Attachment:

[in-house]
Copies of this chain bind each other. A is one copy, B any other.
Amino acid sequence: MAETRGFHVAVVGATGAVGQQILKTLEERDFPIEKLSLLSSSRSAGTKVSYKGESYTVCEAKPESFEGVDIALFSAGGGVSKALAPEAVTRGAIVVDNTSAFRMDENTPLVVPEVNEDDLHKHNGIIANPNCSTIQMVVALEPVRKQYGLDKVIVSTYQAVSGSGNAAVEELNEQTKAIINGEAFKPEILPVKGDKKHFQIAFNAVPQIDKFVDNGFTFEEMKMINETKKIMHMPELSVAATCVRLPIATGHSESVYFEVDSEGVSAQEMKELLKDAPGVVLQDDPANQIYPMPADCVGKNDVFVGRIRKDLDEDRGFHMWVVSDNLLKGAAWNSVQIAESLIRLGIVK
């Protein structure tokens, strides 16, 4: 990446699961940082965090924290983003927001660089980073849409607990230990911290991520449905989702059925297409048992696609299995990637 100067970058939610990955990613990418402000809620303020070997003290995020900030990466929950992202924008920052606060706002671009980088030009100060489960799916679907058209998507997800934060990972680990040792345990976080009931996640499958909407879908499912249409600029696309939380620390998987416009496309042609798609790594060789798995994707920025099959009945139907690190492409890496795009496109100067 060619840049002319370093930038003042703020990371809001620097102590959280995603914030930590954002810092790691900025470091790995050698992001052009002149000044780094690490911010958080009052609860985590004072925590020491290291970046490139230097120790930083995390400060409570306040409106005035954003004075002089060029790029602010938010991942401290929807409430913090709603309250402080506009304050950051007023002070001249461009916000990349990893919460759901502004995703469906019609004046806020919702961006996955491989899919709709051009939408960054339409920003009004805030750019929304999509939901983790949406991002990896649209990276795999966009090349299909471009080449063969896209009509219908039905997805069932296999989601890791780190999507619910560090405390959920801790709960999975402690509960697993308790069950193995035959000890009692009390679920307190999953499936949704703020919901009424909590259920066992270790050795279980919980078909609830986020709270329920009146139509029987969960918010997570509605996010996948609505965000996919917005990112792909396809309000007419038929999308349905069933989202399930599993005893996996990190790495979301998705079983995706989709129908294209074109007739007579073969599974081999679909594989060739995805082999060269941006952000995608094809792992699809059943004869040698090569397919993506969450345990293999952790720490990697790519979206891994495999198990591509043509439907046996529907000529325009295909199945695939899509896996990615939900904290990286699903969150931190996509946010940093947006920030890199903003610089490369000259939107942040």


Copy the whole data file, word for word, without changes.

[in-house]
Copies of this chain bind each other. A is one copy, B any other.
Amino acid sequence: MAETRGFHVAVVGATGAVGQQILKTLEERDFPIEKLSLLSSSRSAGTKVSYKGESYTVCEAKPESFEGVDIALFSAGGGVSKALAPEAVTRGAIVVDNTSAFRMDENTPLVVPEVNEDDLHKHNGIIANPNCSTIQMVVALEPVRKQYGLDKVIVSTYQAVSGSGNAAVEELNEQTKAIINGEAFKPEILPVKGDKKHFQIAFNAVPQIDKFVDNGFTFEEMKMINETKKIMHMPELSVAATCVRLPIATGHSESVYFEVDSEGVSAQEMKELLKDAPGVVLQDDPANQIYPMPADCVGKNDVFVGRIRKDLDEDRGFHMWVVSDNLLKGAAWNSVQIAESLIRLGIVK
């Protein structure tokens, strides 16, 4: 990446699961940082965090924290983003927001660089980073849409607990230990911290991520449905989702059925297409048992696609299995990637 100067970058939610990955990613990418402000809620303020070997003290995020900030990466929950992202924008920052606060706002671009980088030009100060489960799916679907058209998507997800934060990972680990040792345990976080009931996640499958909407879908499912249409600029696309939380620390998987416009496309042609798609790594060789798995994707920025099959009945139907690190492409890496795009496109100067 060619840049002319370093930038003042703020990371809001620097102590959280995603914030930590954002810092790691900025470091790995050698992001052009002149000044780094690490911010958080009052609860985590004072925590020491290291970046490139230097120790930083995390400060409570306040409106005035954003004075002089060029790029602010938010991942401290929807409430913090709603309250402080506009304050950051007023002070001249461009916000990349990893919460759901502004995703469906019609004046806020919702961006996955491989899919709709051009939408960054339409920003009004805030750019929304999509939901983790949406991002990896649209990276795999966009090349299909471009080449063969896209009509219908039905997805069932296999989601890791780190999507619910560090405390959920801790709960999975402690509960697993308790069950193995035959000890009692009390679920307190999953499936949704703020919901009424909590259920066992270790050795279980919980078909609830986020709270329920009146139509029987969960918010997570509605996010996948609505965000996919917005990112792909396809309000007419038929999308349905069933989202399930599993005893996996990190790495979301998705079983995706989709129908294209074109007739007579073969599974081999679909594989060739995805082999060269941006952000995608094809792992699809059943004869040698090569397919993506969450345990293999952790720490990697790519979206891994495999198990591509043509439907046996529907000529325009295909199945695939899509896996990615939900904290990286699903969150931190996509946010940093947006920030890199903003610089490369000259939107942040």